AN ACCOUNT OF A ONE-OF-A-KIND OFF-ROAD EXPEDITION TO NUBRA VALLEY AND RECLAMATION OF MY LOVE FOR THIS LUNAR LAND
WORDS: SHOURYA JAIN
PHOTOGRAPHY: VIVEK SHARMA
Would it be totally cliché if I were to draw parallels between the song Yeh Haseen Wadiyaan of the movie Roja and the arresting valleys of Kashmir? I think it’s fitting, really, considering the fact that our convoy grazed the circumference of Pulwama where a militant combat was taking place, while on its way to Srinagar. If you’ve read my previous travel stories you’d be aware it’s not the first time I was in Ladakh. Back in 2016, I had already circumnavigated the Manali-Leh-Srinagar circuit albeit unable to venture to Nubra Valley owing to the landslides on the other side of Khardung La.
This time, originally the Monastery Escape 2019 Expedition by Mahindra Adventure was to carve its way up to Leh via Manali, but 40 feet of snow walls across Baralacha La made it go the other way round, literally. Twenty SUVs, bumper-to-bumper, on their way to cross over the world's highest and treacherous passes look breathtaking and to be honest, slightly intimidating too.
“Media 2 (the name of my car in the convoy), try to bridge the gap! Adventure 5 fall back to your position; Convoy, bunch up!” The military style convoy system was fancy and added a certain character to the whole gig.
A little hotter than usual hot water shower, hits you in all the right places after a demanding all day drive. Adventure travel mixed with the right amount of comfort is difficult to achieve, but essential at the same time. The 5-star properties over the course of the journey made sure we were ready to take on every challenge come what may.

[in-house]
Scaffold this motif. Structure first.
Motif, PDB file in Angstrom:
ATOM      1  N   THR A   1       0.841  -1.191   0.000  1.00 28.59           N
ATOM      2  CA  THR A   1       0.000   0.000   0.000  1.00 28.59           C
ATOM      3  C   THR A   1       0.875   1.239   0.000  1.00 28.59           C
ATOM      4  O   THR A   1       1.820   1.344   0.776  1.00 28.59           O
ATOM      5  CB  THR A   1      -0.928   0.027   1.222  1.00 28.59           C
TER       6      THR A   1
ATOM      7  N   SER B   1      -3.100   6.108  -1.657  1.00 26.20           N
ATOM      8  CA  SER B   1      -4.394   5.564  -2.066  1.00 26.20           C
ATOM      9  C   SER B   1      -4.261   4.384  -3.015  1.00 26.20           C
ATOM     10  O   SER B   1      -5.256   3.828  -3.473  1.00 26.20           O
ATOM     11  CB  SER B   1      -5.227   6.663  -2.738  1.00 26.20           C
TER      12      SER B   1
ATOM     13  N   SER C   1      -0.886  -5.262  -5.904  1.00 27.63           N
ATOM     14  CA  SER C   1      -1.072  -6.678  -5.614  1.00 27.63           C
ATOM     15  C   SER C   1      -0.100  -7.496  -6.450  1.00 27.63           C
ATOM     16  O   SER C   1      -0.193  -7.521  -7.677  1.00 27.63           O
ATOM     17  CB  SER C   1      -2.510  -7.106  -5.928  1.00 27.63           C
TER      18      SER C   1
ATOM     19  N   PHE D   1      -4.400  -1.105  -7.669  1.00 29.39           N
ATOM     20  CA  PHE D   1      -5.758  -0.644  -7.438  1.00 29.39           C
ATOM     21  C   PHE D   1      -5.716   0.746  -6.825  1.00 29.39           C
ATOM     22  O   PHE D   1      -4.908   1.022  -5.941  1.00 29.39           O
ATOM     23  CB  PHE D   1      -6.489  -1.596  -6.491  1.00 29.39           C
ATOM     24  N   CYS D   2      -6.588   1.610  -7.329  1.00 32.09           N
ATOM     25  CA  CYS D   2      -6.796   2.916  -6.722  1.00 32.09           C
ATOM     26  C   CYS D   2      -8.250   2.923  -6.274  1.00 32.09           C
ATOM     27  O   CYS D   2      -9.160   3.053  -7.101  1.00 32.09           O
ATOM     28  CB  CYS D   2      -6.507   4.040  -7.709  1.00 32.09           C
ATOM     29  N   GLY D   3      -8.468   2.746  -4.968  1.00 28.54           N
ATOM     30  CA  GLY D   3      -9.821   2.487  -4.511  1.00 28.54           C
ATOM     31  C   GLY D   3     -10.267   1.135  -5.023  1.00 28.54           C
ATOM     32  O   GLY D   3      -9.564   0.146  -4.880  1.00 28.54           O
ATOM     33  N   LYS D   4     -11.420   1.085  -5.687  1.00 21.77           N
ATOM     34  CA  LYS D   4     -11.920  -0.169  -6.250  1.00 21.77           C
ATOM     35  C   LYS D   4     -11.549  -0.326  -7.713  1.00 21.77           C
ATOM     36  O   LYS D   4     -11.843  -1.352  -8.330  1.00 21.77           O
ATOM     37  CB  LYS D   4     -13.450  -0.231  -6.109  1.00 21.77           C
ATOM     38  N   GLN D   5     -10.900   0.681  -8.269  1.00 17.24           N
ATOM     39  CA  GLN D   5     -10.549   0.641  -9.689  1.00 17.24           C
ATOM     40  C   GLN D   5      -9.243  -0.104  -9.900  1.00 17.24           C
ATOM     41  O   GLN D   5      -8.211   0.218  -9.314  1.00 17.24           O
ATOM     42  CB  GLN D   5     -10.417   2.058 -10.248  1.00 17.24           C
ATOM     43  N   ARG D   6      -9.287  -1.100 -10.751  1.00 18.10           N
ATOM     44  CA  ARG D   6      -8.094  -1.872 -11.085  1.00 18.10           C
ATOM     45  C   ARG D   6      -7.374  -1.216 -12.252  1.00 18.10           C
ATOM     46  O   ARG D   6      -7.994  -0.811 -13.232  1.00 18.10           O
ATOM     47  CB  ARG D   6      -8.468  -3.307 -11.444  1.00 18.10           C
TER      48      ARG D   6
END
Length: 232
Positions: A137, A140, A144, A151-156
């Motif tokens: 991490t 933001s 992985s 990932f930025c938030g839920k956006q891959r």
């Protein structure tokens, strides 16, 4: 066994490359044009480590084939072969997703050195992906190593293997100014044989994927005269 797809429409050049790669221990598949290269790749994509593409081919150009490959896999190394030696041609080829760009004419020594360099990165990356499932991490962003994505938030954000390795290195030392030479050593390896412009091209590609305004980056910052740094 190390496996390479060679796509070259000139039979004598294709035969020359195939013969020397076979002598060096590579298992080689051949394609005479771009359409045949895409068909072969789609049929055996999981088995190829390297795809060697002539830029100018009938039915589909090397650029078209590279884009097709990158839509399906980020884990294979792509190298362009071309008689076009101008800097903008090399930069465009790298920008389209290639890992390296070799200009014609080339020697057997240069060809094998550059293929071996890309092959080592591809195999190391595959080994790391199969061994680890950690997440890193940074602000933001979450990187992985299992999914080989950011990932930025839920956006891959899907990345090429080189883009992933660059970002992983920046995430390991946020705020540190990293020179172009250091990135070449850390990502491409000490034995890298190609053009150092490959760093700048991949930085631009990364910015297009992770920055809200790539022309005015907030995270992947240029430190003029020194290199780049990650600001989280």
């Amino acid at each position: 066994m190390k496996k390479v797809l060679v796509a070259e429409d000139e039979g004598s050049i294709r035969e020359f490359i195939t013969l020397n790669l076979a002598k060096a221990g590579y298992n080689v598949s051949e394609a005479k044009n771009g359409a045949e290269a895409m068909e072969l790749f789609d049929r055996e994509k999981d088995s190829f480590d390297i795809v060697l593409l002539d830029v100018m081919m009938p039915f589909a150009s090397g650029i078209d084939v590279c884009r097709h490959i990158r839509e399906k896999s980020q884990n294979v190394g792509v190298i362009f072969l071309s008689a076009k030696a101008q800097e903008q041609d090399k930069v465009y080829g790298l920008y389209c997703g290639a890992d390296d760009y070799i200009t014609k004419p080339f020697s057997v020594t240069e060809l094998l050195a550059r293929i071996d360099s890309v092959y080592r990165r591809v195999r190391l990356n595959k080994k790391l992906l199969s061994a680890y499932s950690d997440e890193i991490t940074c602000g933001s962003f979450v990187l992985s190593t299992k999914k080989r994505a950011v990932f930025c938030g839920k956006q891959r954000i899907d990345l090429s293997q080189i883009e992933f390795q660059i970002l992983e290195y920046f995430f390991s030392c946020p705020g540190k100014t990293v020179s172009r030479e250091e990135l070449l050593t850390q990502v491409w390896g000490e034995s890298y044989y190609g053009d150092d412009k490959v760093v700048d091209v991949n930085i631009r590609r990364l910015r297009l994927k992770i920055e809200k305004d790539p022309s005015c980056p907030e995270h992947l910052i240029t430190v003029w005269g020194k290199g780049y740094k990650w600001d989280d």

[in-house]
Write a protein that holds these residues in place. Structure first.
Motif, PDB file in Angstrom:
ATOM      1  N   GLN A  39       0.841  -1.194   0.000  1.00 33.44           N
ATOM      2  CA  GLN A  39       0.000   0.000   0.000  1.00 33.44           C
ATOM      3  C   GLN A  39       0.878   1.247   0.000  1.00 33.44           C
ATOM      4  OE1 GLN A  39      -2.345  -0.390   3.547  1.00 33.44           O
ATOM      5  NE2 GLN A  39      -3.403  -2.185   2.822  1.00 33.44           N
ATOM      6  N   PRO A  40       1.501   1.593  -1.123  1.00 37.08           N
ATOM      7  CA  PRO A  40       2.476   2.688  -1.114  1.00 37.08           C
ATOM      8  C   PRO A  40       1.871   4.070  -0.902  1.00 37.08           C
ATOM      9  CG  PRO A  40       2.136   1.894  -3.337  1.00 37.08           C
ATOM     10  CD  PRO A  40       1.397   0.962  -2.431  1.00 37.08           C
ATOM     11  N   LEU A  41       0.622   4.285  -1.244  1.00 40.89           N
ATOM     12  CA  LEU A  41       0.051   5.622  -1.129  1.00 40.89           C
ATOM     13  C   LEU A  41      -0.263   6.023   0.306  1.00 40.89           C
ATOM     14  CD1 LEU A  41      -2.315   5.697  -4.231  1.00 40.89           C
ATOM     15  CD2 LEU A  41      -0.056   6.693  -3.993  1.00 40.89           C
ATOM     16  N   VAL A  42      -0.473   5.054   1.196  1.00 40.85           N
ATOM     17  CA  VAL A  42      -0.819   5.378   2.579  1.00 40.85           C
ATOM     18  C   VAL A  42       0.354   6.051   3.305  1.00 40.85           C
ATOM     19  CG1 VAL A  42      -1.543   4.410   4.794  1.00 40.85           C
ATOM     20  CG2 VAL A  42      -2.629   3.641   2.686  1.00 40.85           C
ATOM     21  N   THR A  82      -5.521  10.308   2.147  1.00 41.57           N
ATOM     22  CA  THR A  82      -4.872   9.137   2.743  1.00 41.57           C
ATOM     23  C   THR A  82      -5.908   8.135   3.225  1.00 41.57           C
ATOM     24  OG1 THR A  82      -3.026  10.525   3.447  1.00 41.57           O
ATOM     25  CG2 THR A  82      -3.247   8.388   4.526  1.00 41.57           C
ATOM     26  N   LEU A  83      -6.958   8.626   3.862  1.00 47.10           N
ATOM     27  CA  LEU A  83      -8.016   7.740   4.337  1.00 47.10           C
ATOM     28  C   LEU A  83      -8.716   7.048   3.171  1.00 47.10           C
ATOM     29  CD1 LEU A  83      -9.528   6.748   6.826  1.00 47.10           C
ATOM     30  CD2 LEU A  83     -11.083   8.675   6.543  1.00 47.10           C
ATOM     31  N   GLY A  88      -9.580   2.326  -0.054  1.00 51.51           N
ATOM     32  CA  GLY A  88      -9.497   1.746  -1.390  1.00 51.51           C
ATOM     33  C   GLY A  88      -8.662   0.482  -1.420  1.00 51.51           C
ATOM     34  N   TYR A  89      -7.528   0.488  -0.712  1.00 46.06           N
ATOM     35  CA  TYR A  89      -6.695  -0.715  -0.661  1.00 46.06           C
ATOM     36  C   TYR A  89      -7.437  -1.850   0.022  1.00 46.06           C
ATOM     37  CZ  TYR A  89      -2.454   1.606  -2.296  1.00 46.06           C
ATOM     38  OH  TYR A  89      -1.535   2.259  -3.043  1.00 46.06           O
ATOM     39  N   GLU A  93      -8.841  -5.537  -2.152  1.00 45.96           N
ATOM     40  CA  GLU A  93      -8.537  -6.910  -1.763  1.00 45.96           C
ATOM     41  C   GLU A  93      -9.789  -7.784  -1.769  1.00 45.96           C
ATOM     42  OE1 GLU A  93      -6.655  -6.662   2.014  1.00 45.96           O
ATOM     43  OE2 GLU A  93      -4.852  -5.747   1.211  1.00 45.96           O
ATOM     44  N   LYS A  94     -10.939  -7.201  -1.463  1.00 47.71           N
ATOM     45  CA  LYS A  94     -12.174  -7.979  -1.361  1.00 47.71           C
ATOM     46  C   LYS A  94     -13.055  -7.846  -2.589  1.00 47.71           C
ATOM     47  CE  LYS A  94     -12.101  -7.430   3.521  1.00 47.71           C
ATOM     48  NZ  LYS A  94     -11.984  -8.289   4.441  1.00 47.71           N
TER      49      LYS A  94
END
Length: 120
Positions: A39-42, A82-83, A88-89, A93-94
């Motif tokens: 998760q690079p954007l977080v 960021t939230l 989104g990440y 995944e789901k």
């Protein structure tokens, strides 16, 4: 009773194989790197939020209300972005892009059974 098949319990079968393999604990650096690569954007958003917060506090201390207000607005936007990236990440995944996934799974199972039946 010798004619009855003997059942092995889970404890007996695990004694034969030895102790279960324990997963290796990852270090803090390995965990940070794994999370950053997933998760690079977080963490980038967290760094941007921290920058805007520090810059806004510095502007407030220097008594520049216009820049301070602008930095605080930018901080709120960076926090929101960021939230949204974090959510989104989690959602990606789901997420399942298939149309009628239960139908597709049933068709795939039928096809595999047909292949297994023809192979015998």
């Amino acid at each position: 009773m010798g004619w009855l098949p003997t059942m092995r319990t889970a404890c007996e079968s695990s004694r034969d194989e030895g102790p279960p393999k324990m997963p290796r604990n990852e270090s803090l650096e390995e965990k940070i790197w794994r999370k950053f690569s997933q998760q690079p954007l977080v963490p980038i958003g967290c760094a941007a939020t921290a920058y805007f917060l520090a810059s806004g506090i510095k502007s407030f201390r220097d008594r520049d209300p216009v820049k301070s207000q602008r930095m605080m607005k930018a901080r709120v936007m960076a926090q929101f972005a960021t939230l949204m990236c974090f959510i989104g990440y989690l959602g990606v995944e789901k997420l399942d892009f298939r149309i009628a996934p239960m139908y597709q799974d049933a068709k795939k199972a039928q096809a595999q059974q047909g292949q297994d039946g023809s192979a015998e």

For those who belong to the ‘been-there-done-that!’ clan, let me tell you, this Ladakh trip was nothing like your usual Manali-Leh road-trip. For one, it seems like I have made it a mission to do at least one unusual thing while already on a trip to one of the most unusual places in the world. Last time it was venturing into the uncharted, glacial waters of the Zanskar River on a flimsy rubber dinghy. Now it was driving around on the pristine white sands of the Nubra Valley on tyres that had been partially deflated.
Reaching Leh via Srinagar was actually regular fare, crossing the beautiful valley of Sonamarg; going over Zoji La and a night in Kargil. What was special though was the amount of attention women drivers get on these roads from the oncoming traffic. A classic case of how-to-handle-fame moment for oh-so-humble-me! Of all the passes that I drove on, Khardung La, in spite of its altitude, is the easiest to negotiate. And in spite of a blizzard at the top it still felt overrated.